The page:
Businesses shouldn’t wait for world leaders to decide on climate-change legislation before driving their own sustainability goals, according to a new guide from Cranfield University and Ogilvy PR Worldwide, reports Marketing Week. They need to decide this year how and where they will invest in sustainable activities, says Ogilvy.
The guide, “The Strategic Importance of Communicating Corporate Responsibility” (PDF), shares best practices through real-world case studies and provides advice on how to make corporate responsibility (CR) communications work, which includes discussing difficult issues and working to resolve them.
As an example cited in the guide, when BP aimed to reposition itself as an oil company that looks “Beyond petroleum,” the company developed a strategy that involved extensive internal and external communications. This strategy transformed BP into the most admired/trusted oil business within months.
However, a series of safety failures tested BP’s corporate responsibility, resulting in a more modest communications campaign, indicating the problems of transforming an oil company into a sustainable leader, according to the report.
Ogilvy says if businesses can communicate corporate responsibility progress as well as problems with the same levels of transparency and consistency, they are more likely to engage key stakeholders and maintain their corporate reputation.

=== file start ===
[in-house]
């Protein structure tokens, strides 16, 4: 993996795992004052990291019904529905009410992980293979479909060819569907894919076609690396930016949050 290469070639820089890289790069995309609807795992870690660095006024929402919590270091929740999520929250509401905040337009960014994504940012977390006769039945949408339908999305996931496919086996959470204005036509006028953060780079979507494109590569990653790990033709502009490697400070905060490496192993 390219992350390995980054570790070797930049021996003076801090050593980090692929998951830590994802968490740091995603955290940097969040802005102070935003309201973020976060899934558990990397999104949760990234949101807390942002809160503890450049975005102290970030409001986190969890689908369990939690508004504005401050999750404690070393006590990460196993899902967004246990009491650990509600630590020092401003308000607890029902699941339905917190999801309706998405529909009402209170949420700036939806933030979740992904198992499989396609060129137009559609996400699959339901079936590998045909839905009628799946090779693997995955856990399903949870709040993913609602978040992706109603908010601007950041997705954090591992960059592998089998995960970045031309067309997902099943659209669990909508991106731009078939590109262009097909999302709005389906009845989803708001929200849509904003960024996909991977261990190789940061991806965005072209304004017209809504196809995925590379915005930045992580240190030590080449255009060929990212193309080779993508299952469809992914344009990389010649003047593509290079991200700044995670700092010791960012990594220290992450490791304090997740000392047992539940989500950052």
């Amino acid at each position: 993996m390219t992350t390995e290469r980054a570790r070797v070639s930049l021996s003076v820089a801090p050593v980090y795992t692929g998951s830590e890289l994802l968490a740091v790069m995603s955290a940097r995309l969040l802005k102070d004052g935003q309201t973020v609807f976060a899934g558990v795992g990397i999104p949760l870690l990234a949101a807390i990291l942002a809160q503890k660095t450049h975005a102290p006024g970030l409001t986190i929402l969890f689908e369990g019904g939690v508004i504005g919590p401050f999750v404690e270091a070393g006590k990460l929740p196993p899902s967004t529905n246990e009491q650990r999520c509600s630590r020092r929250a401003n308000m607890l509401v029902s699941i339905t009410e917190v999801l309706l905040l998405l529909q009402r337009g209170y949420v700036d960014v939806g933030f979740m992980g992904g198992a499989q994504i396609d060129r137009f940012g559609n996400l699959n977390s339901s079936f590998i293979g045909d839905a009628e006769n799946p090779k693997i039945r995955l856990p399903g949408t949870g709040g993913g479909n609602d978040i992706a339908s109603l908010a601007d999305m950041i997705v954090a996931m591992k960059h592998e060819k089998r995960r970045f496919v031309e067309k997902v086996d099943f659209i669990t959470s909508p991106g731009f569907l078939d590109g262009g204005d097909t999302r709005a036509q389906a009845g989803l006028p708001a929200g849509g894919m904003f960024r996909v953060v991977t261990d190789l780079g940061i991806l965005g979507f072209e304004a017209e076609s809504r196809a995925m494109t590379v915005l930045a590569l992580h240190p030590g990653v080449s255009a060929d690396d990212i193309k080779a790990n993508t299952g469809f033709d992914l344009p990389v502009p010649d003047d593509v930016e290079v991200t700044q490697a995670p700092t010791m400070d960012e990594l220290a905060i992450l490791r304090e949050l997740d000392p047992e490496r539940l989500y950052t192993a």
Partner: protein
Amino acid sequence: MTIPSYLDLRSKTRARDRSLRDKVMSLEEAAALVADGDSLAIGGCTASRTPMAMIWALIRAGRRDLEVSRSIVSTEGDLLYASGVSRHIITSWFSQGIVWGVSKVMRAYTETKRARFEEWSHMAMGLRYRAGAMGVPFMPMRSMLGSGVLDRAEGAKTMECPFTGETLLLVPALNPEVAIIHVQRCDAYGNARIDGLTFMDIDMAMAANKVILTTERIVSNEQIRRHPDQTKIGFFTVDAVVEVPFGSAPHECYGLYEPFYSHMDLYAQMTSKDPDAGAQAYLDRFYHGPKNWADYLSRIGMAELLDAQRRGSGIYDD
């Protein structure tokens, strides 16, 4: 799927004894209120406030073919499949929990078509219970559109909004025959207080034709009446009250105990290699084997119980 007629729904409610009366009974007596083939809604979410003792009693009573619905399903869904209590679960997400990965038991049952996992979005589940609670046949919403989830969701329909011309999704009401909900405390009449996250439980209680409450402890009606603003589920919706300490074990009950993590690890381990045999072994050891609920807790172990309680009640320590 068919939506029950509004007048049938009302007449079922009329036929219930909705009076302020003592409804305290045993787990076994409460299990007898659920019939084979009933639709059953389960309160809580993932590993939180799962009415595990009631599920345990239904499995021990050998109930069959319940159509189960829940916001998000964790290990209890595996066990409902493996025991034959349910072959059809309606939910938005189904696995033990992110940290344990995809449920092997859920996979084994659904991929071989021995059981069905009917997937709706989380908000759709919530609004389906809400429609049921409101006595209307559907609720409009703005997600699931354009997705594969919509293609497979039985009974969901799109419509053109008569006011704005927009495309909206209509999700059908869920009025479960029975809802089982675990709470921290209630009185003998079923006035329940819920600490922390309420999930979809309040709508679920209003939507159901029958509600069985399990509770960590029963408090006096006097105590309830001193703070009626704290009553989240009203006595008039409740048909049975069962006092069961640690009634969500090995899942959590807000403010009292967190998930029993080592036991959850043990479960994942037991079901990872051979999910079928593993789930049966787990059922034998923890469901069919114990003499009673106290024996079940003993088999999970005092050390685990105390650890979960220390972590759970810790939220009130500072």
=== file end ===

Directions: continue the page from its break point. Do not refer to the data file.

The report also recommends that a commitment to sustainability has to become part of a company’s core business activity, and communicating corporate responsibility a key business imperative.
CR communications also should not be undervalued. It can help businesses establish an industry leadership position, launch a new brand or product, penetrate a new market and get an edge over competitors, while transforming a company’s reputation and earning customer loyalty and employee commitment, according to the report.
The article cites several big brands that have been recently attacked or boycotted due to alleged corporate responsibility failings including Nestle and palm oil, Crédit Agricole and its “green bank” reference and Shell’s misleading claims over the company’s investment in green technology.
Other examples include Cadbury and Unilever, which also experienced issues with the use of palm oil, and big brand shoe companies including Adidas and Reebok that were forced to change their leather sourcing strategies.
Help is on the way in the UK to help businesses avoid greenwashing. The government is currently reviewing its Green Claims Code, and will establish a new rule to stop marketers exaggerating the environmental claims of their products, reports Marketing Week.